It turned out that we didn’t get to go on the ski slopes after all. The sledding field was a small space located on one side of the ski slopes, but cordoned off from the skiing area. There was an underground walkway to lead us from the access gate to the field so that we wouldn’t disturb the skiers.
It was sort of like a playroom where parents left their smaller children to entertain themselves while they took the older ones to go skiing. Indeed, we were surrounded by preschoolers. The only other adults around were the crew members and parents accompanying their kids.
Each of us was given a wrist tag to be shown to the attendant at the entrance of the sledding field. The attendant would put a mark on the tag, to indicate the number of times we had entered. After the fifth entry, the tag would be removed.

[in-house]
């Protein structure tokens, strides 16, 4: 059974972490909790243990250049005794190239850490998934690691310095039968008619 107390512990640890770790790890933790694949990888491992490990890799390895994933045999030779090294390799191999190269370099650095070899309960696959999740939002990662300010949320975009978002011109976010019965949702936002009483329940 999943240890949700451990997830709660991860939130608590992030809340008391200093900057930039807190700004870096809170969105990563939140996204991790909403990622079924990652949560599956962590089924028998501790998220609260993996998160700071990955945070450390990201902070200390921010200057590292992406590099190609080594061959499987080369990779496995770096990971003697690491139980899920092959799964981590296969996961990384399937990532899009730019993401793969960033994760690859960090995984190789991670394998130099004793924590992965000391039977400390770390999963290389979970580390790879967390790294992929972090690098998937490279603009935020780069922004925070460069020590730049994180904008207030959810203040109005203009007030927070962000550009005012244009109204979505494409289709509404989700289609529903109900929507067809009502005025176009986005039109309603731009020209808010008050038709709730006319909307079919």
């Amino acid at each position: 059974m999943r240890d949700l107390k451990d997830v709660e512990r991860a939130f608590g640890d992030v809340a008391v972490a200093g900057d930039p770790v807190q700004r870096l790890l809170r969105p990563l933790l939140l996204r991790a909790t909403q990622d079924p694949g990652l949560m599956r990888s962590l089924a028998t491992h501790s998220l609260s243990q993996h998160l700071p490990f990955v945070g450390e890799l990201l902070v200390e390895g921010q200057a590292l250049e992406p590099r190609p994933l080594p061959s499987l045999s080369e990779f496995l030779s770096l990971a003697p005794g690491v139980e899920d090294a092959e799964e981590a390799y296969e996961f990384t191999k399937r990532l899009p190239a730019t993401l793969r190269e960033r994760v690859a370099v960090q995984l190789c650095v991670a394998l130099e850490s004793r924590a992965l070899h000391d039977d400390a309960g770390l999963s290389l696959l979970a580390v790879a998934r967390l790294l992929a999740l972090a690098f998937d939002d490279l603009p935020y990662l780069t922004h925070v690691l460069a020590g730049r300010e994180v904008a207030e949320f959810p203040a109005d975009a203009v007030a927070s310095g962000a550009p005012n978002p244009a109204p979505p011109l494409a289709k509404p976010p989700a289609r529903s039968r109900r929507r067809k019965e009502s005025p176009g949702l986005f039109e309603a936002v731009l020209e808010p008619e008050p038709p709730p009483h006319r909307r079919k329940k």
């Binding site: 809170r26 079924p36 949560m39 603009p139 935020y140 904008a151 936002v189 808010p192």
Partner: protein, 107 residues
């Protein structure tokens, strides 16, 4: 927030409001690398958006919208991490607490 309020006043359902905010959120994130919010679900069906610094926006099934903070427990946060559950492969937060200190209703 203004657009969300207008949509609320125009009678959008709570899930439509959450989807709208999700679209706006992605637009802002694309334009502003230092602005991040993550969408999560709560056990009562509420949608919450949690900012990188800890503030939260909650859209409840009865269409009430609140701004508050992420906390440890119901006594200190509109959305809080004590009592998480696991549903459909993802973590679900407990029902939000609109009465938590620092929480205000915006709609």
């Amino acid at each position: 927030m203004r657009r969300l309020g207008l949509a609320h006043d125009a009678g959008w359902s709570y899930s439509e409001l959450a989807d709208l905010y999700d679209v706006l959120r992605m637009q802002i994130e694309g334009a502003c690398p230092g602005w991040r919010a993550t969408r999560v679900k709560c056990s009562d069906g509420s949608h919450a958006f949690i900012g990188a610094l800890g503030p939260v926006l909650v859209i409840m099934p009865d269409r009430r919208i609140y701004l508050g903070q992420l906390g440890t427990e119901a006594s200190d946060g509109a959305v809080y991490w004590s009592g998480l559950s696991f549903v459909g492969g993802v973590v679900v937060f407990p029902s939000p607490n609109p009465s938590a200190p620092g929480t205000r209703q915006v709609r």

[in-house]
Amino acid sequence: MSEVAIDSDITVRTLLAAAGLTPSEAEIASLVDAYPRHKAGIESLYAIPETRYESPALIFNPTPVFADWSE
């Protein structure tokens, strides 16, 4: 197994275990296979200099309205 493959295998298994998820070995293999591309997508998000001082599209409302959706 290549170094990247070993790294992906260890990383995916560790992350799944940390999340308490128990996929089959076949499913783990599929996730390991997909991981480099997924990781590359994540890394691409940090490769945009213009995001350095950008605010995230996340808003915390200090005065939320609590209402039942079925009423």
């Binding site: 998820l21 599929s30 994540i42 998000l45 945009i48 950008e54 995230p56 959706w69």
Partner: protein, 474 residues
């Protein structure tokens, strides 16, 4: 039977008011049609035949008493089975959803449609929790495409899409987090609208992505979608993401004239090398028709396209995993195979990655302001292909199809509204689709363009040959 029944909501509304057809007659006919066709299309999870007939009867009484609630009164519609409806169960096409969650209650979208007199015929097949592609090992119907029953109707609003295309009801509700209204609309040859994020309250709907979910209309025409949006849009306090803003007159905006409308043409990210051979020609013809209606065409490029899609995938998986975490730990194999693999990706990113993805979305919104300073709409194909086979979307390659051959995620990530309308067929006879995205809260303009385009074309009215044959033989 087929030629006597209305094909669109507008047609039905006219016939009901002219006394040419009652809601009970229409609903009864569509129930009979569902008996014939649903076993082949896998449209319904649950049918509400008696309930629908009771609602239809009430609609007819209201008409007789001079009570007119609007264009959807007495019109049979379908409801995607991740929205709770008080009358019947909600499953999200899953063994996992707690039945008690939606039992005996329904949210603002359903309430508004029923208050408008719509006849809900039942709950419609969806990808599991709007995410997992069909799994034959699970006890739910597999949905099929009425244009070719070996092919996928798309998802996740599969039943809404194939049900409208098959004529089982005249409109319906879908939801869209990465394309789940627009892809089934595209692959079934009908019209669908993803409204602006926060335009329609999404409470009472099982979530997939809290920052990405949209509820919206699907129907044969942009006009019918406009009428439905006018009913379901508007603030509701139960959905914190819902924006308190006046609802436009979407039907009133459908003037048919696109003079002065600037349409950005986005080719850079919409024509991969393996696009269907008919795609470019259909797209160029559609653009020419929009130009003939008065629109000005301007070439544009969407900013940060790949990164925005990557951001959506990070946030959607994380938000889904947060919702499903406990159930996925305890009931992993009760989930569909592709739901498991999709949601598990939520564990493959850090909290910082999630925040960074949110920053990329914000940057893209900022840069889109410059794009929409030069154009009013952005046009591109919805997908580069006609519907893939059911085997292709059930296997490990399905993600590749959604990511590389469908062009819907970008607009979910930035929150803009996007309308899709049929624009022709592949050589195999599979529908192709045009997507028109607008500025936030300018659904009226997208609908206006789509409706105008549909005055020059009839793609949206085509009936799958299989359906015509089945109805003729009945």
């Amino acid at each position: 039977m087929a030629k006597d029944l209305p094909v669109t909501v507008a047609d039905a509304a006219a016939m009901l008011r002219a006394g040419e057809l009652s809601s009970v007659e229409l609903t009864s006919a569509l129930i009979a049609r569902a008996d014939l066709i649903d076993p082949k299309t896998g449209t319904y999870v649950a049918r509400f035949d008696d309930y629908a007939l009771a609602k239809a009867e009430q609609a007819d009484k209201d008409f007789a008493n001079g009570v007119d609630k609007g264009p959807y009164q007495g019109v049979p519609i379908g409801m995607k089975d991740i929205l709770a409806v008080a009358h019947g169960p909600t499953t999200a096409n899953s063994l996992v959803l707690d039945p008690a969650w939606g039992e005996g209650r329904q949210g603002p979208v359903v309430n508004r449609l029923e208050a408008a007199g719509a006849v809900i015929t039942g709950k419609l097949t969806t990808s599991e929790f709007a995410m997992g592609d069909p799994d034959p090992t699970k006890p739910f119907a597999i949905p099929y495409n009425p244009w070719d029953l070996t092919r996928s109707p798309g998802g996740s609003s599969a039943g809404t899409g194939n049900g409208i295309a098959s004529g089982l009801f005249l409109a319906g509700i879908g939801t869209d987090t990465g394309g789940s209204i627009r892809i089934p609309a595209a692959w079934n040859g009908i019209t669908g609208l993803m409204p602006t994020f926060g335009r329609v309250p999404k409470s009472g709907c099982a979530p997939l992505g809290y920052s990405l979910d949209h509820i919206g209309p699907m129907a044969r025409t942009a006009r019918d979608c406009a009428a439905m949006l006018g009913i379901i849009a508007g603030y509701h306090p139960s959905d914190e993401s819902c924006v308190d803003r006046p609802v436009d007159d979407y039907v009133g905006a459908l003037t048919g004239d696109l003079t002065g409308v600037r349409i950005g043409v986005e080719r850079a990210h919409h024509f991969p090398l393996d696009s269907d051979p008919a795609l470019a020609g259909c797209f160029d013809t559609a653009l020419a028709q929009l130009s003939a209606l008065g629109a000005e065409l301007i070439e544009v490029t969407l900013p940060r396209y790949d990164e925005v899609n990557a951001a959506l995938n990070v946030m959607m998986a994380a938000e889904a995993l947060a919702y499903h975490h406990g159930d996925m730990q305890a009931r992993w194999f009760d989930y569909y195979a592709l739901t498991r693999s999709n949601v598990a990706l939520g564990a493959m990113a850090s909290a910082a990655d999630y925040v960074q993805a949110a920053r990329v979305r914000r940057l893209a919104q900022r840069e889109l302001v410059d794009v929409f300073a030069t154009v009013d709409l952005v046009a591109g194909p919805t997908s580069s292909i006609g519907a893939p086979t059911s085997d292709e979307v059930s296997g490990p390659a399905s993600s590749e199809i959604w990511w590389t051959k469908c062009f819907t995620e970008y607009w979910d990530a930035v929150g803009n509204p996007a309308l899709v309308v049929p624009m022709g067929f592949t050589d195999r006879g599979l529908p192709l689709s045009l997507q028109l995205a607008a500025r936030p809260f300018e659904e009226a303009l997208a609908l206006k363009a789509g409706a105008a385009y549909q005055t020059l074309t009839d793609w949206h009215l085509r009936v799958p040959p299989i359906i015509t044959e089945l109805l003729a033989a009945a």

The field had about 10 lanes. People queued up at the top of each lane to wait for their turns. You could either go on your own, or if you’re scaredy cats like us, you could hold on to your partner’s sled and go together.
It was terrifying at first. We were both scared of heights and on top of that, I was also scared of speed and the free-fall sensation (the first few inches of the slope were almost vertical!).
But as we were whizzing down the slope, the fear was gone, and we were thoroughly enjoying ourselves. The five rides were over very quickly.
We Finally Experienced Snowfall!
When our bus dropped us off earlier, we saw a few tiny flakes floating down from the sky that we would have easily missed had we not been staring heavenwards the whole time. But that was it.
Around us, there were lumps of leftover snow on the sidewalk, probably from the previous week. They were grayish and rapidly turning into sludge.
On the sledding field, the snow under our feet was coarse, like shaved ice. There was no snowfall.
We tried not to let our hopes up too high. After all, we had already got our wish granted — to walk on snow. And sledding proved to be a lot of fun, with or without snowfall.
It was only when the day grew dark that suddenly, thick flakes of snow started to fall down from the sky!